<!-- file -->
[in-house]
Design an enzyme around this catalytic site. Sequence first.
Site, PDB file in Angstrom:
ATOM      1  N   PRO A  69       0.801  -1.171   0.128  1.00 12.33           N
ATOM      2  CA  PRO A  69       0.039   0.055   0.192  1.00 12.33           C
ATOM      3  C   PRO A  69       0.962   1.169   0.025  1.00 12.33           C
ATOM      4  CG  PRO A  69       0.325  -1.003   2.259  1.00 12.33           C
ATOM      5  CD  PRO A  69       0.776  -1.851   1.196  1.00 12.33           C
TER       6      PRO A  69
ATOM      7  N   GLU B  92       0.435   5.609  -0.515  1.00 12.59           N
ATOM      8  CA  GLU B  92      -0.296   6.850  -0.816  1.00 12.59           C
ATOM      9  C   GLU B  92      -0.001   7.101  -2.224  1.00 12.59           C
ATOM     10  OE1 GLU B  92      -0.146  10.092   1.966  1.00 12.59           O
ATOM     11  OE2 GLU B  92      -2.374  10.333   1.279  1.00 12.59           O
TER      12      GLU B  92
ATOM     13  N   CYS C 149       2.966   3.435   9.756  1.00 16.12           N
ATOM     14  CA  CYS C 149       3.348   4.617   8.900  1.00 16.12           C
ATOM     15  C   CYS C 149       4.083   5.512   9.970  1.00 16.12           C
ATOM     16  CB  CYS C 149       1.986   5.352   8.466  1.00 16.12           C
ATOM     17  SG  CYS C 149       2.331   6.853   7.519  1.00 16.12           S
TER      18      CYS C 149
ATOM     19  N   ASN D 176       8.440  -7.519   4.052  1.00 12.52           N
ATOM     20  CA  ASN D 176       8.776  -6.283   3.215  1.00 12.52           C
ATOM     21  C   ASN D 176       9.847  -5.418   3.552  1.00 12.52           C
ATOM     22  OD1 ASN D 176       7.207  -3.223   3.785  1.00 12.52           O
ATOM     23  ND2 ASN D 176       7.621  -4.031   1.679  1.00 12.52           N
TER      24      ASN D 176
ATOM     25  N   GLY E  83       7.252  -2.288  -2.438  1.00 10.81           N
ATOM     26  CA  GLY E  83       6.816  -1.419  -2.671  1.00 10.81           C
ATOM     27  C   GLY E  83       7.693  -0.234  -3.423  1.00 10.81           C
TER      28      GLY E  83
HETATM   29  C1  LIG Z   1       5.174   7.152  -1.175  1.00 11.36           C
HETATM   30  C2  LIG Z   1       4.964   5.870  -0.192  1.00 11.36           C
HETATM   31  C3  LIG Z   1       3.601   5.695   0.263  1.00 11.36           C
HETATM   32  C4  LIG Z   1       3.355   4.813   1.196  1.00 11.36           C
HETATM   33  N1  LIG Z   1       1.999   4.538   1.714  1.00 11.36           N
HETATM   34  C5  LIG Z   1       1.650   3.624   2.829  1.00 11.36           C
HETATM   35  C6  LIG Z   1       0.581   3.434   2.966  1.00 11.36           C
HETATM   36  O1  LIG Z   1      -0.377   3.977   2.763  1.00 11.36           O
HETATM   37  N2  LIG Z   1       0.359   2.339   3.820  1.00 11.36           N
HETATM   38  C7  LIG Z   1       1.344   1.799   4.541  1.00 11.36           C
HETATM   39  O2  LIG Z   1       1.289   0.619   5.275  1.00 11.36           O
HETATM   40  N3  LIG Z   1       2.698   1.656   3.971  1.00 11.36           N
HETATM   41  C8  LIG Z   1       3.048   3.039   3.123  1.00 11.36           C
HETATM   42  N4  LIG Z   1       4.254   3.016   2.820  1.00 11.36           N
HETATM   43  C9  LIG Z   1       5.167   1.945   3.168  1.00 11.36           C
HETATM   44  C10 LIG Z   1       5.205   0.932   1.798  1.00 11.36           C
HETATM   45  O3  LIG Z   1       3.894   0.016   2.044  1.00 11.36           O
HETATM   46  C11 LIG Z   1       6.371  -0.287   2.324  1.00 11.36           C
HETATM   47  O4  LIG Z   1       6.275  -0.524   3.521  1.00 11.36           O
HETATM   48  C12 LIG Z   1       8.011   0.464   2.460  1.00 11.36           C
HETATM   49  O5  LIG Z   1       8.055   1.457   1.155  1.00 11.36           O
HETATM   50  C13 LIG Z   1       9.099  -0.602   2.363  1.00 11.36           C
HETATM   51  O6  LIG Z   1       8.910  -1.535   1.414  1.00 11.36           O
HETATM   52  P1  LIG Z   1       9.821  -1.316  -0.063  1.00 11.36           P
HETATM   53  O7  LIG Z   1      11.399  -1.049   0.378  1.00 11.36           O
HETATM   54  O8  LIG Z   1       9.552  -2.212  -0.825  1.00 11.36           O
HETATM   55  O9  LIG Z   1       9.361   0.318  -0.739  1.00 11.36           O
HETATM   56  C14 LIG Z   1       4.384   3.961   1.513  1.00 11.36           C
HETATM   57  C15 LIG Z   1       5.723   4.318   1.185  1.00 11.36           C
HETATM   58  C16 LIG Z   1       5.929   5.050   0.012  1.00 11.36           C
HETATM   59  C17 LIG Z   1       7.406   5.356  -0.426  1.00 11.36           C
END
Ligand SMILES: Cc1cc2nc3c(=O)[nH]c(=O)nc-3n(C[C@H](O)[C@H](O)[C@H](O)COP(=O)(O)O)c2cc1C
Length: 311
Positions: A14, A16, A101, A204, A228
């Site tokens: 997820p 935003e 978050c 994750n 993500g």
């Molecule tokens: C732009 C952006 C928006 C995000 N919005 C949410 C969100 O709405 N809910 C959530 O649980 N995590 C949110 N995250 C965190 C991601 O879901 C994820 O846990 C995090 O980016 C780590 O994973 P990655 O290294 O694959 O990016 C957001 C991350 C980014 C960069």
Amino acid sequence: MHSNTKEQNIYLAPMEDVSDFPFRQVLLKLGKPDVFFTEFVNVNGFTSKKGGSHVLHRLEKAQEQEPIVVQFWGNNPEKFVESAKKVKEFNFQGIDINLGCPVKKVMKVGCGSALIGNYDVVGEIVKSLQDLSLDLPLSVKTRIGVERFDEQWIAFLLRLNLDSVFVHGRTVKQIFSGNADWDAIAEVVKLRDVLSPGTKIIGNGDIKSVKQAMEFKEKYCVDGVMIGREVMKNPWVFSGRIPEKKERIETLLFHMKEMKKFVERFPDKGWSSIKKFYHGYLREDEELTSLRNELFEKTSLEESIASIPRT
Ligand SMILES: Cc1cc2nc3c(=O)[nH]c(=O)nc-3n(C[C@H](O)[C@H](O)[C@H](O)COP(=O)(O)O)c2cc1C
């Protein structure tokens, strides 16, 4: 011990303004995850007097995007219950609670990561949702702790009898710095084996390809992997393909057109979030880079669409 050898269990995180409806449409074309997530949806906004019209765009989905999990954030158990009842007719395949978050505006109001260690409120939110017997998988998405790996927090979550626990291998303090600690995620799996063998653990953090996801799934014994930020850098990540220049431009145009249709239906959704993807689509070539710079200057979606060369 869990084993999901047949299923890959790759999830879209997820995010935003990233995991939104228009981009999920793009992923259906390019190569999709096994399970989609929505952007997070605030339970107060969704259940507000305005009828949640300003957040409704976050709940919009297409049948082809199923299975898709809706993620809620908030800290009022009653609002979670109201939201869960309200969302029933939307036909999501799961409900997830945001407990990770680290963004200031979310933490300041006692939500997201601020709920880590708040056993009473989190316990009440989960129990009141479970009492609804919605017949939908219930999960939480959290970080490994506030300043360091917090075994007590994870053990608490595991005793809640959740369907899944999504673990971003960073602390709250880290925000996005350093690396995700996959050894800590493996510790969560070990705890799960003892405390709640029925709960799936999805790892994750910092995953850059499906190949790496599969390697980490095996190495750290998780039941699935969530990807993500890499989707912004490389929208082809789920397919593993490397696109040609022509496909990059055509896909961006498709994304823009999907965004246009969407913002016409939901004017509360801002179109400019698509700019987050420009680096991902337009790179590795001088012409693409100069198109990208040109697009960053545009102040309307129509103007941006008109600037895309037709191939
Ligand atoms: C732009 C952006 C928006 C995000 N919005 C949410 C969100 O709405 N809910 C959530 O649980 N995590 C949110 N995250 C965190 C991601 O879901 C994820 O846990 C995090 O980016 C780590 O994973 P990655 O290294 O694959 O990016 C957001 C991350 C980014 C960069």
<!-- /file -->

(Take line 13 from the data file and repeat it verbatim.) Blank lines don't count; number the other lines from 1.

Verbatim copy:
ATOM     10  OE1 GLU B  92      -0.146  10.092   1.966  1.00 12.59           O